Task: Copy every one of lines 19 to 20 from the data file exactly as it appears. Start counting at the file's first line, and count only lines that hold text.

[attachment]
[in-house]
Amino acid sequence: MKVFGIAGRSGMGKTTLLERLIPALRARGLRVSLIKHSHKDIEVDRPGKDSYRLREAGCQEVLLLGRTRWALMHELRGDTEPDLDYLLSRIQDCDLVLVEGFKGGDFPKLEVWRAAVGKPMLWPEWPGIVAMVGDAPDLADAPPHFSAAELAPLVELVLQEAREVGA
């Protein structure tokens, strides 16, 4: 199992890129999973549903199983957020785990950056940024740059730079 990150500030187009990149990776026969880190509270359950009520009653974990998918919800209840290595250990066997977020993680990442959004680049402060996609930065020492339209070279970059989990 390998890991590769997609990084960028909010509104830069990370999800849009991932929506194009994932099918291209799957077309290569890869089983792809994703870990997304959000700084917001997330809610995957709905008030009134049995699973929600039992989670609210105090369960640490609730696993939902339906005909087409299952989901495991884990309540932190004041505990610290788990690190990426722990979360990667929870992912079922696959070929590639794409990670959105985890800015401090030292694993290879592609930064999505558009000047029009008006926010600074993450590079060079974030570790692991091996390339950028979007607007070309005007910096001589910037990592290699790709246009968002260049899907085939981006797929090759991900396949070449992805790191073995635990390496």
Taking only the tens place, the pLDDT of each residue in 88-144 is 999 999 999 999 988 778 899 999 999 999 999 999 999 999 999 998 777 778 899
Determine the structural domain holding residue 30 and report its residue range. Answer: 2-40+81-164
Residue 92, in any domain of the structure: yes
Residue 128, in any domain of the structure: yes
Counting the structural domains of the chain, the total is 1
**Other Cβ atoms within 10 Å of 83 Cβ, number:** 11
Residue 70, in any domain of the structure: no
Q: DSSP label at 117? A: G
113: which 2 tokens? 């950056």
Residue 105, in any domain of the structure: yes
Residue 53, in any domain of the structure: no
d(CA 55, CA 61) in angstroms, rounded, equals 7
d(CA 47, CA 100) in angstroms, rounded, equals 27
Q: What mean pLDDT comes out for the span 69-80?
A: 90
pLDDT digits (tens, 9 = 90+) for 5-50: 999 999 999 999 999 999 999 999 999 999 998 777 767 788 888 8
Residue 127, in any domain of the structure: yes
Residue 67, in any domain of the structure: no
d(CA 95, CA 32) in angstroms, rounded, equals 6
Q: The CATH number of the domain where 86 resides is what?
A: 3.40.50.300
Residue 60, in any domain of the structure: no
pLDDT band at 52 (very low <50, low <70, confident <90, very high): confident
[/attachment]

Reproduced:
pLDDT digits (tens, 9 = 90+) for 5-50: 999 999 999 999 999 999 999 999 999 999 998 777 767 788 888 8
Residue 127, in any domain of the structure: yes